The opportunity to write at length is another benefit of writing personal letters. I’m much more comfortable explaining myself in writing than I am in a phone conversation, and for this reason and others I consider writing letters a luxury. While it’s possible to be interrupted while writing a letter—by a phone call or a significant other who needs something—this format offers the freedom to delve into topics and ideas more thoroughly than one can during a phone conversation.
Because letters require more time than a quick text message or email, this means they require more thought. Most of my letters are at least 600 words, and this means they include information beyond brief comments about the weather, my book club’s latest selection, and so forth. My personal letters often contain such workaday details, but they are also long enough I can and often explore more esoteric topics.
Which of these topics would you enjoy exploring in a personal letter?
A fourth benefit of writing letters is this is one way I help people know who I am. In person I’m not always able to share my opinions and feelings, yet on the page there is much greater freedom to do so. Also, especially with friends and family who live far away, one of the best way to offer them information is by writing a letter.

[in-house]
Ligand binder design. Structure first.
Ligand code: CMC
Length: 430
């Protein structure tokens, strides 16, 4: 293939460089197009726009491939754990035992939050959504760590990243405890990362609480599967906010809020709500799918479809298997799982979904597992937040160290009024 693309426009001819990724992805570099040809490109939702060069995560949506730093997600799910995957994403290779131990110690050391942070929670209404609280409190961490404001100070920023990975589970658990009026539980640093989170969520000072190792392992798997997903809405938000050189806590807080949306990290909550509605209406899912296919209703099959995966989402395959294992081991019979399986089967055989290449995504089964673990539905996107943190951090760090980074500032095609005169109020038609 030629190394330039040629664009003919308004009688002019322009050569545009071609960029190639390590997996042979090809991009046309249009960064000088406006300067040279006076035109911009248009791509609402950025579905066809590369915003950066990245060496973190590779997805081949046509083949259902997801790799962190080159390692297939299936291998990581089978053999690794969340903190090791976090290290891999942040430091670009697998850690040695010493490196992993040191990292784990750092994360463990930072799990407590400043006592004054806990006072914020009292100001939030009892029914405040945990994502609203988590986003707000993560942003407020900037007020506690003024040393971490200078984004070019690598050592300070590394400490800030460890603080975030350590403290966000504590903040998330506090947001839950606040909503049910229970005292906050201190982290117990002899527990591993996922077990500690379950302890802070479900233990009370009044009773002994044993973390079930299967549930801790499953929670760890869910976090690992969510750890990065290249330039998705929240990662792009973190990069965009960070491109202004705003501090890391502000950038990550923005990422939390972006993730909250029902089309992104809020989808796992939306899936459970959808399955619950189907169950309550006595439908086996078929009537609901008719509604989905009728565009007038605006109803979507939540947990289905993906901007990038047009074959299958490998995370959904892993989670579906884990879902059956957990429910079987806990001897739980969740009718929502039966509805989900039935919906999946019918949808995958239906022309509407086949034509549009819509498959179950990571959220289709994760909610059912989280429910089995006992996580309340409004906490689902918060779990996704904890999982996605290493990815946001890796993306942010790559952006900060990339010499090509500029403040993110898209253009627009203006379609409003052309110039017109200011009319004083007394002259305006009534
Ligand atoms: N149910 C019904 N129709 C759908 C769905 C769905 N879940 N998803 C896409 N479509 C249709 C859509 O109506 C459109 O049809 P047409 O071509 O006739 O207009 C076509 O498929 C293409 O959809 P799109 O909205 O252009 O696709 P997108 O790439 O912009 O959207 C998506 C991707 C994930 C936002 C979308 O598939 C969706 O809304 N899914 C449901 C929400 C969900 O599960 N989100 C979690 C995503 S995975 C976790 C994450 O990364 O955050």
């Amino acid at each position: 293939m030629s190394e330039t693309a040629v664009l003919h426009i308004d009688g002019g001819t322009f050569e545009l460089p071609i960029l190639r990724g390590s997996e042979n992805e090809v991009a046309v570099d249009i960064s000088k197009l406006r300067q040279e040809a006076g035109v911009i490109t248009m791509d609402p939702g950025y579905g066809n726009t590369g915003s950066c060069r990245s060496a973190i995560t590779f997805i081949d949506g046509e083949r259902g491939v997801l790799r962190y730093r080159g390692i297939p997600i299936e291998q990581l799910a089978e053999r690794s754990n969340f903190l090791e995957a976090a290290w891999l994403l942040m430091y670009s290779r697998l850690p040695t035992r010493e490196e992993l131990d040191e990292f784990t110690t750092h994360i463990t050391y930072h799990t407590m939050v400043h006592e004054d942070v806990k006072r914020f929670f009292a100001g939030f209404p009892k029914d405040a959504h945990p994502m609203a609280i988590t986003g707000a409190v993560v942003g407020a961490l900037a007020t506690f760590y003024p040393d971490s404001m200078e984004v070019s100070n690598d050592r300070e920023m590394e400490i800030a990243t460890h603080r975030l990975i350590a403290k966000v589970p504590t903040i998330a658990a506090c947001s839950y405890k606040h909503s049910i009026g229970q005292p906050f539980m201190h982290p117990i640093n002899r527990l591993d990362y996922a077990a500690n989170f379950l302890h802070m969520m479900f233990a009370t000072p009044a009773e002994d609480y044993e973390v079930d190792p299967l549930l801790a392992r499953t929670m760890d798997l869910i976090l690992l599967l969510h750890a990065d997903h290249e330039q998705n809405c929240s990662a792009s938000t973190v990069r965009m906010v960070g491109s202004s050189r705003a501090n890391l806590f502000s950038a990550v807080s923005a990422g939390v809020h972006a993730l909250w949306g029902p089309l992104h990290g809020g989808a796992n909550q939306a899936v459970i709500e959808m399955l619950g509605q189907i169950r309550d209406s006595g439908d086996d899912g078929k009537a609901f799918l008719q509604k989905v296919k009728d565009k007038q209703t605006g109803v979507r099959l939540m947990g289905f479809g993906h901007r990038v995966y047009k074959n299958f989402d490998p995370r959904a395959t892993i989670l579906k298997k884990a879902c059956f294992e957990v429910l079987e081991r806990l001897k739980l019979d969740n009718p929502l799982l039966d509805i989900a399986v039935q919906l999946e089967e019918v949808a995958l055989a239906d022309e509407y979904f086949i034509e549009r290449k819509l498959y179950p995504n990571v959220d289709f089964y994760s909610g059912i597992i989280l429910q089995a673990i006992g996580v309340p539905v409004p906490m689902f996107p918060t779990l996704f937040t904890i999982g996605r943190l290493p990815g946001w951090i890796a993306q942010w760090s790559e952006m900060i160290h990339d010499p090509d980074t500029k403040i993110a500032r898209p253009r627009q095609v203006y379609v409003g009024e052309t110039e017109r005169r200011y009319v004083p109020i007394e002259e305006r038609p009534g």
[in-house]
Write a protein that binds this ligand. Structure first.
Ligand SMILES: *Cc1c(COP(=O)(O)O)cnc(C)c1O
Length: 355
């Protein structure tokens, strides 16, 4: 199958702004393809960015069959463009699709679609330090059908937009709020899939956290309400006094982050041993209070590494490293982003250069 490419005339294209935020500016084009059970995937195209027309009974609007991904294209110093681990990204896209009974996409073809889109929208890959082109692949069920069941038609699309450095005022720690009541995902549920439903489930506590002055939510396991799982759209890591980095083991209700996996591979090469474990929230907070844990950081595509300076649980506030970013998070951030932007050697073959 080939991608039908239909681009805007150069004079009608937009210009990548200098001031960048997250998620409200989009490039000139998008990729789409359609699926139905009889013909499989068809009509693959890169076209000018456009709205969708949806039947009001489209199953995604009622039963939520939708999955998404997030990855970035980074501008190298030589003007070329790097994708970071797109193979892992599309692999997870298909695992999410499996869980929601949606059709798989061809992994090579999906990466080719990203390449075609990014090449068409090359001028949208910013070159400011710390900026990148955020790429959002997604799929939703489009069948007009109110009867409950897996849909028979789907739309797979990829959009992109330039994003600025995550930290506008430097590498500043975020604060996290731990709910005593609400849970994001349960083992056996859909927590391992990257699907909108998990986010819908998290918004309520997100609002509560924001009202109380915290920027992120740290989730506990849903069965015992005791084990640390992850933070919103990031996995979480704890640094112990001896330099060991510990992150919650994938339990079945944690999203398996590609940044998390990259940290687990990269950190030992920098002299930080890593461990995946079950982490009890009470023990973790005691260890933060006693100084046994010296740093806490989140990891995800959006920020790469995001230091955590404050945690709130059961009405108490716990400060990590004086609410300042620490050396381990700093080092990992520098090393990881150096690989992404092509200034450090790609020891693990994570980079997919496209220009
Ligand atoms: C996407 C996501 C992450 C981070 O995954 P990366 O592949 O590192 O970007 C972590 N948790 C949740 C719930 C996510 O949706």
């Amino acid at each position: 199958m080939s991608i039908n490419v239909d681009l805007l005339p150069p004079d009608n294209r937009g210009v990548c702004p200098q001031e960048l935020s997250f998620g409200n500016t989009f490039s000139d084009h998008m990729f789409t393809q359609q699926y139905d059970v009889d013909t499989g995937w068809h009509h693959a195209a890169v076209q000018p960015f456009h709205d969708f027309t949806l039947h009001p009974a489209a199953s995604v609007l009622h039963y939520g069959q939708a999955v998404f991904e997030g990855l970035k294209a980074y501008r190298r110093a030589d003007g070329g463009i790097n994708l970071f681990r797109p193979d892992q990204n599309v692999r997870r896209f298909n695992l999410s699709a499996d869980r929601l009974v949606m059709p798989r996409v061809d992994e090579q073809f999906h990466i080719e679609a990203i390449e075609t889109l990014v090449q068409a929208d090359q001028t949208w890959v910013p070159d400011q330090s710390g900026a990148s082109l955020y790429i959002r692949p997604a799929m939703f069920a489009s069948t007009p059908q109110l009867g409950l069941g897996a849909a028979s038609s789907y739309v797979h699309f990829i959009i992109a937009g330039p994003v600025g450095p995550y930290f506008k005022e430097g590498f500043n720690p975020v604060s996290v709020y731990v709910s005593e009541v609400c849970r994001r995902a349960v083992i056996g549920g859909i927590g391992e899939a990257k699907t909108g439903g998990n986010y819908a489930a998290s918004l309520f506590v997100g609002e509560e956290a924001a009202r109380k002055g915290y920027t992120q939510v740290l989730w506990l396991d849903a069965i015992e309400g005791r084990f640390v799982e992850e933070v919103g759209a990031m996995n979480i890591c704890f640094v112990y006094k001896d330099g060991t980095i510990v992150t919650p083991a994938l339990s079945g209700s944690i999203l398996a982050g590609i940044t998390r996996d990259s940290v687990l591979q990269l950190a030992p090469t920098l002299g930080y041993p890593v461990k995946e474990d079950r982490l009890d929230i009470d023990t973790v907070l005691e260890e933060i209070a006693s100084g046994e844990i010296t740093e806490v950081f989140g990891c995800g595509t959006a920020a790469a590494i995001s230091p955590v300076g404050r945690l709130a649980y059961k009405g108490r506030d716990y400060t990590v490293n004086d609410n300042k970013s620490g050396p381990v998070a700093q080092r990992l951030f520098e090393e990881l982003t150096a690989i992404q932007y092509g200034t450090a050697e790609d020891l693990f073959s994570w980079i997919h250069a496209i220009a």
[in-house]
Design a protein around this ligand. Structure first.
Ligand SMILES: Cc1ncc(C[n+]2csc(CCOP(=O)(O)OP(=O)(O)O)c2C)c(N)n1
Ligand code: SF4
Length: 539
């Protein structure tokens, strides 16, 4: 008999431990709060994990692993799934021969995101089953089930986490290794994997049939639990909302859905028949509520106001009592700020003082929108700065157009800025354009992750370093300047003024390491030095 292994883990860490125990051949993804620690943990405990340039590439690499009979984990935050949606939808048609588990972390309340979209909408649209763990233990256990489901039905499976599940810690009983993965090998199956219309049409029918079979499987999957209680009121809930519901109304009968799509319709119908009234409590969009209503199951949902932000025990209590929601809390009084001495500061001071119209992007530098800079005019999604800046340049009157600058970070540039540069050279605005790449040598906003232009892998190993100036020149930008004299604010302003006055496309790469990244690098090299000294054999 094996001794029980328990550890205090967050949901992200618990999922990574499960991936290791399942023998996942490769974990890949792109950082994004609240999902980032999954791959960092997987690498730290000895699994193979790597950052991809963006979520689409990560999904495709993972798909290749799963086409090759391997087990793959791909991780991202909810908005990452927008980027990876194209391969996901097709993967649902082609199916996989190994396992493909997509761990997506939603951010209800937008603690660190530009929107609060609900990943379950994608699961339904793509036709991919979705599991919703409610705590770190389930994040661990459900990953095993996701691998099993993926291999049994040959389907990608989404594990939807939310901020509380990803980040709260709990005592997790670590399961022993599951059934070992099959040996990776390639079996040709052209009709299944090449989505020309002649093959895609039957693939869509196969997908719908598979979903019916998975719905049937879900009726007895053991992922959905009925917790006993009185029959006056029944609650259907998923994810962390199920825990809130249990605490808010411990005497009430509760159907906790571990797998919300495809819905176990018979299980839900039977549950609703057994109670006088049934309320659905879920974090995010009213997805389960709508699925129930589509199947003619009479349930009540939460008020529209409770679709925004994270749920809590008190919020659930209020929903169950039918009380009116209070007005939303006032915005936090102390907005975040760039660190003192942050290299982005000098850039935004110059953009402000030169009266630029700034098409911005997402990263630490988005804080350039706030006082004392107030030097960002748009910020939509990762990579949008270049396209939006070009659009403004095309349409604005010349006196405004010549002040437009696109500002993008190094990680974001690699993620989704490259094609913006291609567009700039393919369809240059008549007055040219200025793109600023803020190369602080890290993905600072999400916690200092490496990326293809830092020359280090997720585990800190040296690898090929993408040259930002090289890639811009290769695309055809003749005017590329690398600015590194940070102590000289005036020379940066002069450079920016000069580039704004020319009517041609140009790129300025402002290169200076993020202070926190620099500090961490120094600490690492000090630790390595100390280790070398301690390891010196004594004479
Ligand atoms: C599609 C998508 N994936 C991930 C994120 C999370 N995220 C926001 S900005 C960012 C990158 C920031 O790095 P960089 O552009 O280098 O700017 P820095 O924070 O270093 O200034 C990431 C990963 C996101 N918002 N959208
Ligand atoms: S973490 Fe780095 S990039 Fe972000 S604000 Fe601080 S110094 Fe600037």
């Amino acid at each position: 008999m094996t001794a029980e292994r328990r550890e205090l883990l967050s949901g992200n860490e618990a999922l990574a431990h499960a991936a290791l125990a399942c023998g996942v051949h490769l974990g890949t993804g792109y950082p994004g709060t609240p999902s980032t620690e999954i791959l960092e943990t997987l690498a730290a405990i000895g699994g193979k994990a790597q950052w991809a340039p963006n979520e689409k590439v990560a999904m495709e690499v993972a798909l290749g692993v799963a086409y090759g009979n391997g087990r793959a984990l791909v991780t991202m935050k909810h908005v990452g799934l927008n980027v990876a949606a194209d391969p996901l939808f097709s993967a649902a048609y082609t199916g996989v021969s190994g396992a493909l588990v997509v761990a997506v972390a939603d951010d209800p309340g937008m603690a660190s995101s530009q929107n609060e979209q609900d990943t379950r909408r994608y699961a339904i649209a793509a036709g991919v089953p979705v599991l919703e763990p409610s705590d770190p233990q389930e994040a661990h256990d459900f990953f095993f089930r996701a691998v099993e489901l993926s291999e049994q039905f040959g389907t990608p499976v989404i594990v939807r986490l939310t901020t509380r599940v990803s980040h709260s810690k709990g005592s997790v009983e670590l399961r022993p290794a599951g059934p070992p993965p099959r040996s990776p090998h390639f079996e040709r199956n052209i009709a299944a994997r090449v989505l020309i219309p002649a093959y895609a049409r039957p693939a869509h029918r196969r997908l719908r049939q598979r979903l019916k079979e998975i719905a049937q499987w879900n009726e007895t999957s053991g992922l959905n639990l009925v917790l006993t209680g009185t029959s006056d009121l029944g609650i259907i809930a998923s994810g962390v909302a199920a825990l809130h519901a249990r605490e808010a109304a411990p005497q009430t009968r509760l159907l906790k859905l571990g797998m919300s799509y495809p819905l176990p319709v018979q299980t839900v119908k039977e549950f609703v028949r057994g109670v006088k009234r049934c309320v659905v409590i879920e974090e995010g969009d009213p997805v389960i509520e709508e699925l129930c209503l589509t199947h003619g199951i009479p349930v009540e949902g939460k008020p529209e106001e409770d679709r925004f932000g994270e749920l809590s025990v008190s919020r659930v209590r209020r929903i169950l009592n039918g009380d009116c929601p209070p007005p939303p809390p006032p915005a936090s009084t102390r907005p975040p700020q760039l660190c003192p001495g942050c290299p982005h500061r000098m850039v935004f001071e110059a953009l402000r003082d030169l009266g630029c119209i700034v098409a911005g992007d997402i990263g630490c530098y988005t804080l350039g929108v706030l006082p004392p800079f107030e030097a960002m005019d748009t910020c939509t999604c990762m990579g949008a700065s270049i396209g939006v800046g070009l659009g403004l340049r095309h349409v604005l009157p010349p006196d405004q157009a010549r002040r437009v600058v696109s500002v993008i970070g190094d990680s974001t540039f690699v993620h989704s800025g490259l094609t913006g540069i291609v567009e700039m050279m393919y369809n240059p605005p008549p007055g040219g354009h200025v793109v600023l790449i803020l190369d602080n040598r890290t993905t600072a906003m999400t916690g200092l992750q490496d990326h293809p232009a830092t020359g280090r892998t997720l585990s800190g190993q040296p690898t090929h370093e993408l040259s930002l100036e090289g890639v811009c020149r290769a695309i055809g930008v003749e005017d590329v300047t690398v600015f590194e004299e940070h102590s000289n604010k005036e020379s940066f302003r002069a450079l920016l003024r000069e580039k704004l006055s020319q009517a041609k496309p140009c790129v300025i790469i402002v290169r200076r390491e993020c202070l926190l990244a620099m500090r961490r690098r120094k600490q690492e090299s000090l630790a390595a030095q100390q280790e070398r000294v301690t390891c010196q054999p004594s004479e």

Still another benefit of writing letters is this allows me to participate in a long-established tradition. Despite not being an overly traditional person in other areas of my life, I’m reassured by the knowledge that writing personal letters was a common practice for hundreds of years. The fact it has become less common in the 21st century saddens me since I believe the benefits of writing letters far outweighs any costs.
A sixth benefit of writing letters is the joy I experience when I hear—often months, sometimes years later—how a certain letter or even the presence of letters have touched a friend’s life. Through frequent personal letters I’ve tried to offer comfort to friends who have been widowed unexpectedly, as well as those in the midst of a messy divorce. Also, I’ve been able to encourage friends who are in graduate school, or struggling with parenting challenges, and beyond by writing them letters.
Writing personal letters is one way I am able to express my care and concern for those in my life. In person I’m not the most effusive individual—unless, of course, a puppy or baby is involved—and therefore it’s necessary for me to offer words of reassurance and loyalty in written form.